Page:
TitleInfluence of rumen protein degradability and supplementation frequency on performance and nitrogen use in ruminants consuming low-quality forage: cow performance and efficiency of nitrogen use in wethers.
Publication TypeJournal Article
Year of Publication2002
AuthorsBohnert, DW, Schauer, CS, Delcurto, T
JournalJournal of Animal Science
Date Published2002 Jun
KeywordsAnimals, Cattle, degradability, Dietary Proteins, Dietary Supplements, Digestion, Female, frequency, Male, Nitrogen, Nutritional Requirements, Pregnancy, protein, Random Allocation, Rumen, Sheep, supplementation

Two studies were conducted to determine the influence of CP degradability and supplementation frequency (SF) on ruminant performance and N efficiency. Treatments included an unsupplemented control (CON) and degradable intake protein (DIP; 82% of CP) or undegradable intake protein (UIP; 60% of CP) provided daily, every 3 d, or every 6 d. Seven wethers (36+/-1 kg BW) were used in the digestibility study with DIP and UIP treatments formulated to meet CP requirements. Eighty-four Angus x Hereford cows (512+/-42 kg BW) in the last third of gestation were used for the performance study. The DIP treatments were calculated to provide 100% of the DIP requirement and UIP treatments were provided on an isonitrogenous basis compared with DIP. Basal diets consisted of low-quality (5% CP) meadow hay. Forage DMI and N intake by lambs decreased (P < 0.05) linearly as SF decreased. Additionally, DMI, OM intake, N retention, N digestibility, and digested N retained were greater (P < 0.01) for supplemented wethers than for controls with no difference due to crude protein degradability. Nitrogen balance, DMI, and OM intake decreased linearly (P < 0.05) as SF decreased. Plasma urea (PU; mM) was measured over a 6-d period and supplemented lambs had increased (P < 0.01) PU compared with CON. Plasma urea linearly decreased (P < 0.01) as SF decreased. Pre- and postcalving (within 14 d and 24 h of calving, respectively) cow weight and body condition score change were more positive (P < 0.05) for supplemented groups than for controls. Results suggest CP supplements consisting of 20 to 60% UIP can be effectively used by ruminants consuming low-quality forage without adversely affecting N efficiency and animal performance, even when provided as infrequently as once every 6 d.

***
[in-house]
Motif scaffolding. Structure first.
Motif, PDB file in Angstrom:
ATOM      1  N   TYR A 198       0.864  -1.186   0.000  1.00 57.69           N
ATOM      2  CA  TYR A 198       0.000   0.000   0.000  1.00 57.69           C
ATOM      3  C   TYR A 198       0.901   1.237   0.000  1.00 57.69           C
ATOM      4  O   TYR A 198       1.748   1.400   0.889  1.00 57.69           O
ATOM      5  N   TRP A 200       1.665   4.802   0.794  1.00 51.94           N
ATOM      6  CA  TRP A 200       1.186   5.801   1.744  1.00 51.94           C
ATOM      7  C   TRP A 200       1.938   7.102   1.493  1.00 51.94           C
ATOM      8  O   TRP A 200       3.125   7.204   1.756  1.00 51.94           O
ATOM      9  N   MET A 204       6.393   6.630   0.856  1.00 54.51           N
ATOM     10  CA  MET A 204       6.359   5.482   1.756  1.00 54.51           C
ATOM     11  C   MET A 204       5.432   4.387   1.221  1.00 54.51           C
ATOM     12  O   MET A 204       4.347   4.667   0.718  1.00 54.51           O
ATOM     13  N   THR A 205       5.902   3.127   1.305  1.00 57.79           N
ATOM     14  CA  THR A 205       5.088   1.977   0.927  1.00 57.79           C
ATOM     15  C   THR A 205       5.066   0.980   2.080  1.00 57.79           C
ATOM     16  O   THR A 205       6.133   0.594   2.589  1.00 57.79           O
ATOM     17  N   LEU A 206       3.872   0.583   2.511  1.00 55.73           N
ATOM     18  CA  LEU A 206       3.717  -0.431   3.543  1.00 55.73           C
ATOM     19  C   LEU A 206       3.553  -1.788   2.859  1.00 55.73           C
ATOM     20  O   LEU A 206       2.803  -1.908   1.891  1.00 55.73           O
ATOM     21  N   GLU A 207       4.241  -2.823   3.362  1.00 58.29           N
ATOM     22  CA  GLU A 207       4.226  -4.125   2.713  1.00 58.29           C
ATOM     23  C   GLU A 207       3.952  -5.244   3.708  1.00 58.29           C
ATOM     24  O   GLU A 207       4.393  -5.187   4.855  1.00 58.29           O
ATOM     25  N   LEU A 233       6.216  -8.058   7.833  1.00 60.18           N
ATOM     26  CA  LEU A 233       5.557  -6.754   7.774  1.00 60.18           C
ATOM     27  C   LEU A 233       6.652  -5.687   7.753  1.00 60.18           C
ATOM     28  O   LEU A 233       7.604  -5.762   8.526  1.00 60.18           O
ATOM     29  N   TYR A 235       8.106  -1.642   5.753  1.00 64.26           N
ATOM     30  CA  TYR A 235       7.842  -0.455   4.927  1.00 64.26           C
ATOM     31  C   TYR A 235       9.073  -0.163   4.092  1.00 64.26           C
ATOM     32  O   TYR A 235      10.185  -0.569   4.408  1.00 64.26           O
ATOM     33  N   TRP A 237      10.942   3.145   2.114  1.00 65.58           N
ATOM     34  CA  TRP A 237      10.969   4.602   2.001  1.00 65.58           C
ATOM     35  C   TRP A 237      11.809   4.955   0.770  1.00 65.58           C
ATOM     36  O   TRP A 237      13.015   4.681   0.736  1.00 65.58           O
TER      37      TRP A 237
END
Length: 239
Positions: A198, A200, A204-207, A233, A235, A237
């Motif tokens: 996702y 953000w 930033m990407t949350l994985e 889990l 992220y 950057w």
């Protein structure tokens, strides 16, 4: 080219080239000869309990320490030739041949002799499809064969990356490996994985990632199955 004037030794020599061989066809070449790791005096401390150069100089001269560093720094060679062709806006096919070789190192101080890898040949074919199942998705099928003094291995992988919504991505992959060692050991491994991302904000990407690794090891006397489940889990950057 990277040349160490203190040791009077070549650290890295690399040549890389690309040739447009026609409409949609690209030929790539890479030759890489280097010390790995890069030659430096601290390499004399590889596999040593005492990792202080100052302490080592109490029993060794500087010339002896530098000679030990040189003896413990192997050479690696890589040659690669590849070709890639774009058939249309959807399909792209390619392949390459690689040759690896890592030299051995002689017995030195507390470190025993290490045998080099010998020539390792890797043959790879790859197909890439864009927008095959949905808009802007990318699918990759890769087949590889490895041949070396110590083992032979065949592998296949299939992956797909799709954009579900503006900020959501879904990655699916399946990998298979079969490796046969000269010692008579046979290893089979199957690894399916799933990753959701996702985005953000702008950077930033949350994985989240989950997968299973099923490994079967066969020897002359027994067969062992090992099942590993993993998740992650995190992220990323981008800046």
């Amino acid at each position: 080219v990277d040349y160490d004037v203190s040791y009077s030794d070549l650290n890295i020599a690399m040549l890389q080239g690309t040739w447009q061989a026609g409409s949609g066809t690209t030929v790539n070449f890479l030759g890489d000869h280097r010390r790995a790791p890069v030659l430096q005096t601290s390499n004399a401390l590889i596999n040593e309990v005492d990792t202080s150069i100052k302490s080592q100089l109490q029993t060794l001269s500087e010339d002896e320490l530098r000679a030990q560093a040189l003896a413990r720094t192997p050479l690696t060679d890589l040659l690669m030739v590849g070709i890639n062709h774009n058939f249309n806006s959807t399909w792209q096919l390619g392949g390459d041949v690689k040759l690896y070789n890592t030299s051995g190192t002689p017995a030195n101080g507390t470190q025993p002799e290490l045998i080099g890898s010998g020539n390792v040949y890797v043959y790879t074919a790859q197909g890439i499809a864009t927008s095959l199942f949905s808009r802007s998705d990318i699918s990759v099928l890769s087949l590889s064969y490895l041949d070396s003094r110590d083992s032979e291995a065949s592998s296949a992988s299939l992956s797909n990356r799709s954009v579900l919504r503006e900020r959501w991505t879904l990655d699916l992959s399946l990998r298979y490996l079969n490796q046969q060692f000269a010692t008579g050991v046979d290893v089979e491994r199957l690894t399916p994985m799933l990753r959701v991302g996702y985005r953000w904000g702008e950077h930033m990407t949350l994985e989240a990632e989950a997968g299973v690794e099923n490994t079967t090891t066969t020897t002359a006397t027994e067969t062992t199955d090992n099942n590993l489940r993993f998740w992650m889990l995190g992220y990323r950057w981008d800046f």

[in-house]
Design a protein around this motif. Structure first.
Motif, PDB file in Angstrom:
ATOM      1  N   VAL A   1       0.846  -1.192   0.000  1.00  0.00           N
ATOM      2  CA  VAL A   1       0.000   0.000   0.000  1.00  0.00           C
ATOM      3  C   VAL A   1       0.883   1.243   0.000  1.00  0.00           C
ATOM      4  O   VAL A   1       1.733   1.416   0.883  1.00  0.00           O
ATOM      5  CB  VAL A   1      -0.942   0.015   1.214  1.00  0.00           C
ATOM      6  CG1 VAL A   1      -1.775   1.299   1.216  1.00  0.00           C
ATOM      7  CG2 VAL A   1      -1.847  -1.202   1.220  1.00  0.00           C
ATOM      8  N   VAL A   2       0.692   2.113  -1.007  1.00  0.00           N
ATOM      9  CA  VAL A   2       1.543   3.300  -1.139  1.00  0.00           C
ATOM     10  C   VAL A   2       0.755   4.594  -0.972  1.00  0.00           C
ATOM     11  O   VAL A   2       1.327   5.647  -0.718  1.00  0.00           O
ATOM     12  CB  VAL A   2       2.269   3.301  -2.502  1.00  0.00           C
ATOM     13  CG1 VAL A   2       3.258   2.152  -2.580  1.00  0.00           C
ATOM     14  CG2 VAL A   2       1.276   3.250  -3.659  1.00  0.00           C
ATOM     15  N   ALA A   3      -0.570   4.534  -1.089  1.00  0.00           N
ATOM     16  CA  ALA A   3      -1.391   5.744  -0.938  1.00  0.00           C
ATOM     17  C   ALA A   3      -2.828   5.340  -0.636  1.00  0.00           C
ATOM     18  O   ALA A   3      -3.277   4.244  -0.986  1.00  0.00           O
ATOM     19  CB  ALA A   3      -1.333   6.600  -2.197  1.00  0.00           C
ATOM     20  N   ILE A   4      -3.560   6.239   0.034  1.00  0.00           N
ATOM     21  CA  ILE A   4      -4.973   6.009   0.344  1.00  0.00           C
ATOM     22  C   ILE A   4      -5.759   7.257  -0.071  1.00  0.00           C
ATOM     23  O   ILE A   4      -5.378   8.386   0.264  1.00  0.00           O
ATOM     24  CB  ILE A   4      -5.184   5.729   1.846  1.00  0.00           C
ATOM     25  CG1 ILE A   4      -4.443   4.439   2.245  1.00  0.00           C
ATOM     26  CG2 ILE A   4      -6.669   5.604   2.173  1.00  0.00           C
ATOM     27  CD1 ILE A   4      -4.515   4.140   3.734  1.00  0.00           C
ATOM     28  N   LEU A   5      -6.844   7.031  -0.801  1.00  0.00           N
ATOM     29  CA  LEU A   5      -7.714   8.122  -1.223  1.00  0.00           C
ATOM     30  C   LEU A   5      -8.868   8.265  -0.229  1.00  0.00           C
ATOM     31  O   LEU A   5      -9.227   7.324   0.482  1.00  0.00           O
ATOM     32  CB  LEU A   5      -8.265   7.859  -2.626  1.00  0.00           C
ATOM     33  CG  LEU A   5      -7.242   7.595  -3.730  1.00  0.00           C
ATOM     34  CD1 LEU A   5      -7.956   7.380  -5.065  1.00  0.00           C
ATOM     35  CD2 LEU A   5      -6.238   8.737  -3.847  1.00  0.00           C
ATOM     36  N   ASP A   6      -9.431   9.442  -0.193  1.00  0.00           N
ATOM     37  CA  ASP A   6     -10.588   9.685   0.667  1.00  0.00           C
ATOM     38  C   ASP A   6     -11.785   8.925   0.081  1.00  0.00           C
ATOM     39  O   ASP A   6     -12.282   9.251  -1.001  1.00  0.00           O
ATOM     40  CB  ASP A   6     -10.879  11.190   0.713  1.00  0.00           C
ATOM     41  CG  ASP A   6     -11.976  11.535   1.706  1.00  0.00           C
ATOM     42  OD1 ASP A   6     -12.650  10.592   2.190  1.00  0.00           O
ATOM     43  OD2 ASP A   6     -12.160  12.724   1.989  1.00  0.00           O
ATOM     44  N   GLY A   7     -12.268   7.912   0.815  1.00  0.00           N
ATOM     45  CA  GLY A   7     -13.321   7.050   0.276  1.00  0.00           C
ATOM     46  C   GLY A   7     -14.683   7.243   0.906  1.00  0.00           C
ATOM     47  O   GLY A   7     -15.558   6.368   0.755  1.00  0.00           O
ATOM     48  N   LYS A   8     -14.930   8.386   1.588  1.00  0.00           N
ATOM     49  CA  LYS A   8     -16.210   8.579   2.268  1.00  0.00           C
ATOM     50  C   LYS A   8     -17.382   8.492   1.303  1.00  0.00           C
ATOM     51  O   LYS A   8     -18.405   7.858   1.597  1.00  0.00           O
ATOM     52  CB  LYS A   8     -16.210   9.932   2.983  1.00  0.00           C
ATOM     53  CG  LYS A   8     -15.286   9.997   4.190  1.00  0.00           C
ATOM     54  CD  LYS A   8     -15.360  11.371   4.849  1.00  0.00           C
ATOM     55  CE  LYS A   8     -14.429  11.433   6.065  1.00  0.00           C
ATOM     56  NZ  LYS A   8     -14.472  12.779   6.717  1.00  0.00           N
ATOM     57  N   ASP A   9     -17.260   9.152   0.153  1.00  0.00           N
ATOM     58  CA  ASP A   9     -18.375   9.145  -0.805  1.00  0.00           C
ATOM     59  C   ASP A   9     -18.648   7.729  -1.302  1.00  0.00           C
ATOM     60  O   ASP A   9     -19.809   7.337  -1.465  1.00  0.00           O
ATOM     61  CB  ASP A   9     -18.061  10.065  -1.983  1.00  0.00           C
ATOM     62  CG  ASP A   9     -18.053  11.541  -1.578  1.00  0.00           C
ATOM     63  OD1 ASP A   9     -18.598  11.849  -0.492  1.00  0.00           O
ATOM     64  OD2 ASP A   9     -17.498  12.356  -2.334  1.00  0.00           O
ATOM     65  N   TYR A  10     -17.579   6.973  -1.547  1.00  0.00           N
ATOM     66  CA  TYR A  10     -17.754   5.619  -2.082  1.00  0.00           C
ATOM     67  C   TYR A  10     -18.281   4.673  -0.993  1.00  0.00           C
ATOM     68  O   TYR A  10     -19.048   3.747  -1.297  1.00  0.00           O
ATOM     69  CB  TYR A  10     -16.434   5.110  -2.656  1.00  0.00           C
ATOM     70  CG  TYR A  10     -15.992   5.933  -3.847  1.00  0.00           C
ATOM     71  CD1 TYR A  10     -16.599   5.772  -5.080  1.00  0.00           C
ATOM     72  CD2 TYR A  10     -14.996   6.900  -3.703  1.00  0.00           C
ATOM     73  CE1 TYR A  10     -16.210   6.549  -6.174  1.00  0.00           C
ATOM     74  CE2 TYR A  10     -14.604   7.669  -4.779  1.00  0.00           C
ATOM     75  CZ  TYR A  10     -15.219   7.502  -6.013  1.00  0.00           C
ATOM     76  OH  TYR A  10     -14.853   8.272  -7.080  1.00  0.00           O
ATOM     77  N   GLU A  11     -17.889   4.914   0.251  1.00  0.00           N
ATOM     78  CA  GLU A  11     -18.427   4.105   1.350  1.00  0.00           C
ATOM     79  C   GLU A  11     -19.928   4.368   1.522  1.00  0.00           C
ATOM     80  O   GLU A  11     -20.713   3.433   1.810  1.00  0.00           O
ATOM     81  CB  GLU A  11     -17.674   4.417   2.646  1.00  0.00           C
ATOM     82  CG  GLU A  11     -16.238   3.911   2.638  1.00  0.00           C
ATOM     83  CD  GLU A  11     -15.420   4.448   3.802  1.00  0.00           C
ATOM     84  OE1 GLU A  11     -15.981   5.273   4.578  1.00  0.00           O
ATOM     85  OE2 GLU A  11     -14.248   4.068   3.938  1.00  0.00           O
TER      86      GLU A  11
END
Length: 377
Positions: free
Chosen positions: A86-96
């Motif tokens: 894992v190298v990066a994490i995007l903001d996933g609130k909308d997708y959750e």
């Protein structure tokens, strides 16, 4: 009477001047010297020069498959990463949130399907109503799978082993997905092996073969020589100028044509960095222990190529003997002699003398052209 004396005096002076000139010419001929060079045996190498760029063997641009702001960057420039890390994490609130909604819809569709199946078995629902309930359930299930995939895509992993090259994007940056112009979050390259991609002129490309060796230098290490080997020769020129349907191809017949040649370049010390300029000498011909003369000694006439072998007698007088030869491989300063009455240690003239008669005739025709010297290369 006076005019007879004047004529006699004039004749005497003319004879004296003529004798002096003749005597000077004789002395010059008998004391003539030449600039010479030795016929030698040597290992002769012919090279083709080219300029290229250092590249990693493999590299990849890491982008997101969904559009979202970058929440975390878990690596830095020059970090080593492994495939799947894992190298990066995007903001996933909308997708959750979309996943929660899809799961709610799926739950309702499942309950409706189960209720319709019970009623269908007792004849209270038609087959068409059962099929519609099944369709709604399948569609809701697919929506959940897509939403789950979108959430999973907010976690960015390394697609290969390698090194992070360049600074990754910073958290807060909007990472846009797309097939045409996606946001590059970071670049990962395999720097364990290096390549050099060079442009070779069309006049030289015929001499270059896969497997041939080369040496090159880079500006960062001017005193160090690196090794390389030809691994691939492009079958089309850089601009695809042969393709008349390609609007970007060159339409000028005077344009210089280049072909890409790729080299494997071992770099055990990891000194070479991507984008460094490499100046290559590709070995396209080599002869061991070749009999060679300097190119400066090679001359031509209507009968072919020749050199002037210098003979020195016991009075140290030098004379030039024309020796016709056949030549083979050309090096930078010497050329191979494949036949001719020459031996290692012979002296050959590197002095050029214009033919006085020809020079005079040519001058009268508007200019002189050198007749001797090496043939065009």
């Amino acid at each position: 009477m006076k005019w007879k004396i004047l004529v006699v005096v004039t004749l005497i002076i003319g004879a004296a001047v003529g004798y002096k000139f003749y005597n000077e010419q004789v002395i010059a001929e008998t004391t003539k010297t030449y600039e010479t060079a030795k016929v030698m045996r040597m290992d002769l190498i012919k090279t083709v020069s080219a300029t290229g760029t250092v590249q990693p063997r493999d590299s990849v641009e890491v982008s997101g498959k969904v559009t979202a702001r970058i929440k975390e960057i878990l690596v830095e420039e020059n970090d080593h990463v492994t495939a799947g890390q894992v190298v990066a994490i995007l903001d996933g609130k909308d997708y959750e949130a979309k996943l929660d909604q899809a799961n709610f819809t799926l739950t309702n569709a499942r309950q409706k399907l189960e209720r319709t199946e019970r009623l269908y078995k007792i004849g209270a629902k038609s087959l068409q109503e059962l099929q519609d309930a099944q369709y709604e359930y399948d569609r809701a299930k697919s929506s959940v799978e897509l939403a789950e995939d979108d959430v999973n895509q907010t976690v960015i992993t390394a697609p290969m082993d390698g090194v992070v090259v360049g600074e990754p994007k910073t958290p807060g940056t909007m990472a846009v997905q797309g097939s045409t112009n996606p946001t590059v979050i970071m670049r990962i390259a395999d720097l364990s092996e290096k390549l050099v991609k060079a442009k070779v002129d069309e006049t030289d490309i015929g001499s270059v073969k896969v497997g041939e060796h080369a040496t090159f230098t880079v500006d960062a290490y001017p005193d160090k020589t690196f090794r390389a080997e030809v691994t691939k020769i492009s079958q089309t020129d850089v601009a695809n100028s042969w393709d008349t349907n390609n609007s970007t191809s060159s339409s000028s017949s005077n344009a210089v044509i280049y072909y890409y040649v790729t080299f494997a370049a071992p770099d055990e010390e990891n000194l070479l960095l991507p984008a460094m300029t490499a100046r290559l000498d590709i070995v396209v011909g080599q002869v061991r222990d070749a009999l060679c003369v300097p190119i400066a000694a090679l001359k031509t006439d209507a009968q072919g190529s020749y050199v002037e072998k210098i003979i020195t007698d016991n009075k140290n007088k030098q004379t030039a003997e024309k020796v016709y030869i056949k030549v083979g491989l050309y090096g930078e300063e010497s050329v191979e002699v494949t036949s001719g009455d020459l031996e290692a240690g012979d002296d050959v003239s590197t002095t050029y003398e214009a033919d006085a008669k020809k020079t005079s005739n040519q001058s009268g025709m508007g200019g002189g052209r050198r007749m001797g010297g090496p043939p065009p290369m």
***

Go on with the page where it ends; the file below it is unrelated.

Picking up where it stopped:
Alternate JournalJ. Anim. Sci.
Full Text
PubMed ID12078745